2. Broadening of the technology base of enzyme activation

Although OGG1 is no significant AP-lyase in cells, DNA glycosylases with pronounced β- or β,δ-AP lyase activity exist in humans and other species. Understanding how these activities are controlled on a molecular level, allows us to alter enzyme function at will and thus generate new DNA repair pathways for the treatment of disease. We perform computational calculations to elucidate chemical and biochemical reaction mechanisms, generate amino acid mutants, develop organocatalysts and engineer proteins through amino acid selective modifications and bioorthogonal chemistry. The ultimate goal: enabling an array of enzymes to cleave non-natural substrates through previously unreported reaction pathways. To achieve this, we leverage our expertise in bio-macromolecules, enzymes and organocatalysis. The implications of this research reach also beyond medicine and thus we also collaborate with industry partners to impact biocatalysis.

3. The DNA glycosylase platform within EUbOPEN

Eleven human DNA glycosylases exist and most of them are considered understudied. Within the EUbOPEN consortium, we assemble all of them physically, develop in vitro and cellular assays for selectivity/activity readout and target engagement. In collaboration with partners at the Structural Genomics Consortium and Stockholm University we assemble crystal structures, antibodies and other reagents and enable investigation of the entire protein family. We donate this setup to the scientific community through protocols within EUbOPEN and Target2035. Ultimately, we thrive to combine our work on small molecule activators with these novel targets and enable the studying of DNA repair biology.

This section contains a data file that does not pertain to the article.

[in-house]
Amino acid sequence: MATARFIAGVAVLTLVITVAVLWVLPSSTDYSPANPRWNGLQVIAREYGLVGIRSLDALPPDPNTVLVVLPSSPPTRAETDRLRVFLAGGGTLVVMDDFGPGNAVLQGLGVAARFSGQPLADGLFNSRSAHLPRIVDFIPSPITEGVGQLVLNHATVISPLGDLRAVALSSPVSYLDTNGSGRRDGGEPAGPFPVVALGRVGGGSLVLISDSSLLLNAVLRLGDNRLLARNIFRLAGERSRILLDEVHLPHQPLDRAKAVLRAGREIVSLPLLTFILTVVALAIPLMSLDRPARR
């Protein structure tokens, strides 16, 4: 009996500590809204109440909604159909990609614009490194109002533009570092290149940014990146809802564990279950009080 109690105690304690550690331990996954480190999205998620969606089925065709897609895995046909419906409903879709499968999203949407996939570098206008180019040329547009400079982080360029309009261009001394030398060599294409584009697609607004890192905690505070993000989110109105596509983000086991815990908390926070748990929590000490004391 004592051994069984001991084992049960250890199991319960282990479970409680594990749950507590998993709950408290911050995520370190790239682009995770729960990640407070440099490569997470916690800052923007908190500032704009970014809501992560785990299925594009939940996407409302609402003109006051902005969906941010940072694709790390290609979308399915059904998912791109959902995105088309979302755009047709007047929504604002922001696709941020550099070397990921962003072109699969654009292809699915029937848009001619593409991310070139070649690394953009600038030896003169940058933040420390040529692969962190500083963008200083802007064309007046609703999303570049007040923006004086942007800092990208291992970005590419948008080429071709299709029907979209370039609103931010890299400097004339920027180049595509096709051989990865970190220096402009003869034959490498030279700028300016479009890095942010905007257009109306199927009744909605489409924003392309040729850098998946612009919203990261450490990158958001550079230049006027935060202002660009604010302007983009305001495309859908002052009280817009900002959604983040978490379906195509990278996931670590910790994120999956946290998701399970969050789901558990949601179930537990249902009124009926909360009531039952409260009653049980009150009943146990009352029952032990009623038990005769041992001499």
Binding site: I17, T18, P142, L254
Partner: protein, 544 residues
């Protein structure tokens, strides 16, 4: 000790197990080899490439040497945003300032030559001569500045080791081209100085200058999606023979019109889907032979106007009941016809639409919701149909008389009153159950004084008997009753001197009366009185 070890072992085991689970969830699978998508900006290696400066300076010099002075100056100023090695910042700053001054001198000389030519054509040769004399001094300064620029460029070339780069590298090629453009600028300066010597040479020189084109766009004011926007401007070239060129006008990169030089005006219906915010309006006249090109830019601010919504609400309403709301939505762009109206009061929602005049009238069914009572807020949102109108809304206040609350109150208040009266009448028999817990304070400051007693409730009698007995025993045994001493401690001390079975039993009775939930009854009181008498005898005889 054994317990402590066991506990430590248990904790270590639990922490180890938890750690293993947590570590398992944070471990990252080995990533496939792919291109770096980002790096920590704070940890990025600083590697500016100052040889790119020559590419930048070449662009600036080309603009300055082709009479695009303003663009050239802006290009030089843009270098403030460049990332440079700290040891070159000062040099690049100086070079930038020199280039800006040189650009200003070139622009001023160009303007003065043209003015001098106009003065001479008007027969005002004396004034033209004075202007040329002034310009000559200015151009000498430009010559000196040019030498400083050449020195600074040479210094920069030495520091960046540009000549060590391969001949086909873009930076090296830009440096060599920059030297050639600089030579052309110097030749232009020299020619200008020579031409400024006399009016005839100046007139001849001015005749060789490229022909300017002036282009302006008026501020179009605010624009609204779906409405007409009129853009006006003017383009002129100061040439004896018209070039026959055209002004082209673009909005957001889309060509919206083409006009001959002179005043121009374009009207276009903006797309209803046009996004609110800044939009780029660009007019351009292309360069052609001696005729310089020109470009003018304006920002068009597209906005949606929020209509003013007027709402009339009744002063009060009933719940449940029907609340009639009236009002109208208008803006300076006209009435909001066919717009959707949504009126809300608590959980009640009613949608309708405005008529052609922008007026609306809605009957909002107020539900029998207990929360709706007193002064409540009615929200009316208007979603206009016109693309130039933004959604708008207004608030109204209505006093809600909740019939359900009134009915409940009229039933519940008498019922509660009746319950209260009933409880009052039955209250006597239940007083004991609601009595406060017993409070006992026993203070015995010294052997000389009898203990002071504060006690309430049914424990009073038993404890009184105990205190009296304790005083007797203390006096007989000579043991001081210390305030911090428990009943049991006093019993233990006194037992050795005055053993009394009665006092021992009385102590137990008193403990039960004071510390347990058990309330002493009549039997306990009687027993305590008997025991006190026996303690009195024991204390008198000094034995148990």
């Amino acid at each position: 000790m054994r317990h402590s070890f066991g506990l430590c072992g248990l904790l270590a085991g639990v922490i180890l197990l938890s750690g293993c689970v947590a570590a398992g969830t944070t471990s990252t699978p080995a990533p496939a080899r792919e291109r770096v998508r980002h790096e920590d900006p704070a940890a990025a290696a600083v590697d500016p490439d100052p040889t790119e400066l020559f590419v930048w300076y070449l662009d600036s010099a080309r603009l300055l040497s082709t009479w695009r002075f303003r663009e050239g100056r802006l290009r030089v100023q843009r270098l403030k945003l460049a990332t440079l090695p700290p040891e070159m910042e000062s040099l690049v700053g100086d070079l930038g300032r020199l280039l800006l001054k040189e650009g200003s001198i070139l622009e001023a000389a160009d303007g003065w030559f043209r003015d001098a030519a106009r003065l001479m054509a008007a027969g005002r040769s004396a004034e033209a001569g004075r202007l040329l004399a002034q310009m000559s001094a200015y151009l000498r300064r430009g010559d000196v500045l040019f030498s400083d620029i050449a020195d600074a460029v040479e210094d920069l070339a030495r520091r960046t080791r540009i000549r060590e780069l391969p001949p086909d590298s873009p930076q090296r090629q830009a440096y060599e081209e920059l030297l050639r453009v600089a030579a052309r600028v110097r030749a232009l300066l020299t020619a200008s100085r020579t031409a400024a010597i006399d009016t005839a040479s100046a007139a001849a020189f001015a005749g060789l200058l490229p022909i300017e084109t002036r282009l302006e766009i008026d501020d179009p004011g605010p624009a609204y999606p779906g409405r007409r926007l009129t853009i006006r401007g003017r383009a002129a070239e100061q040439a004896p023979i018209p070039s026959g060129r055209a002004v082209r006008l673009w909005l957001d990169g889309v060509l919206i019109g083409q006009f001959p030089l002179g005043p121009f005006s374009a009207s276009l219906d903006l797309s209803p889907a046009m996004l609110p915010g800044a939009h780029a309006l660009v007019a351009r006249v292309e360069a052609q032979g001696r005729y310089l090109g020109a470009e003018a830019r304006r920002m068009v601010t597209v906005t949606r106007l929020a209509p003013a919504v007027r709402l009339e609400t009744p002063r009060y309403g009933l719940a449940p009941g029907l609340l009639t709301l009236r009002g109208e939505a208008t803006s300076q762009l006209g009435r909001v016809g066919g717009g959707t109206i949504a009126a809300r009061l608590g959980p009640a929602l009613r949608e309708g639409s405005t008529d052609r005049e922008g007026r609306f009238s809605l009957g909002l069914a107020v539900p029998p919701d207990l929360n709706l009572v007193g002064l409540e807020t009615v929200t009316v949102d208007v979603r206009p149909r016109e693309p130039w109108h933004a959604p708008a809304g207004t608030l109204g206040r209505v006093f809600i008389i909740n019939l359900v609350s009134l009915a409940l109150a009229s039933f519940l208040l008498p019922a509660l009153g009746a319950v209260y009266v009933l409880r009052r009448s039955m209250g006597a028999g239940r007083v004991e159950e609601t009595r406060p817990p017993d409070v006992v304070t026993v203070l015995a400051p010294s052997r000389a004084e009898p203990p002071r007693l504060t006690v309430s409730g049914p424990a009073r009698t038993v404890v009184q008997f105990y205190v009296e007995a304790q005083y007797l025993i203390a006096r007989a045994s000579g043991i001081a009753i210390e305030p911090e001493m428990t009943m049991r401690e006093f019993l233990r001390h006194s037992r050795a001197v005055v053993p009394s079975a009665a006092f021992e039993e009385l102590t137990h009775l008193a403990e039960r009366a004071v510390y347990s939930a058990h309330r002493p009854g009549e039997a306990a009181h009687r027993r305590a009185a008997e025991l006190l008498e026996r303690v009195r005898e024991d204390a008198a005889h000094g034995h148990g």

We are deeply committed to mentoring, coaching, teaching and supporting the next generation of students. For example, our strategic exchange program with the Universities of St. Andrews and Edinburgh has led to fruitful collaborations and a uniquely educated generation of undergraduate students – their success is our legacy. Reach out, if you want to work with us and shape the future in protein regulation. #MentorFirst

Mentoring First

Our work is highly collaborative on many levels and we are happy to be working with a number of skilled scientists from different institutions and sectors:

Crystallography – Stenmark, Stockholm University; MM/QM – Himo, Stockholm University; Protein production/antibodies – Structural Genomics Consortium, CMM, Sweden; Autophagy – Stolz, Frankfurt; Post-Translational Modifications – Knapp, Frankfurt; Drug Delivery – Windbergs, Frankfurt; CAR-T cells – Mougiakakos, Magdeburg/Erlangen; NASH – Lauschke, Karolinska; Liver fibrosis – Xia, Renji; Premature aging – Eriksson, Karolinska; Chemical Biology Consortium Sweden - Project Support; Drug Discovery and Development Platform – Project Support; Industrial Bio-Catalysis – RISE Södertälje; Industrial Bio-Catalysis -  SINTEF Trondheim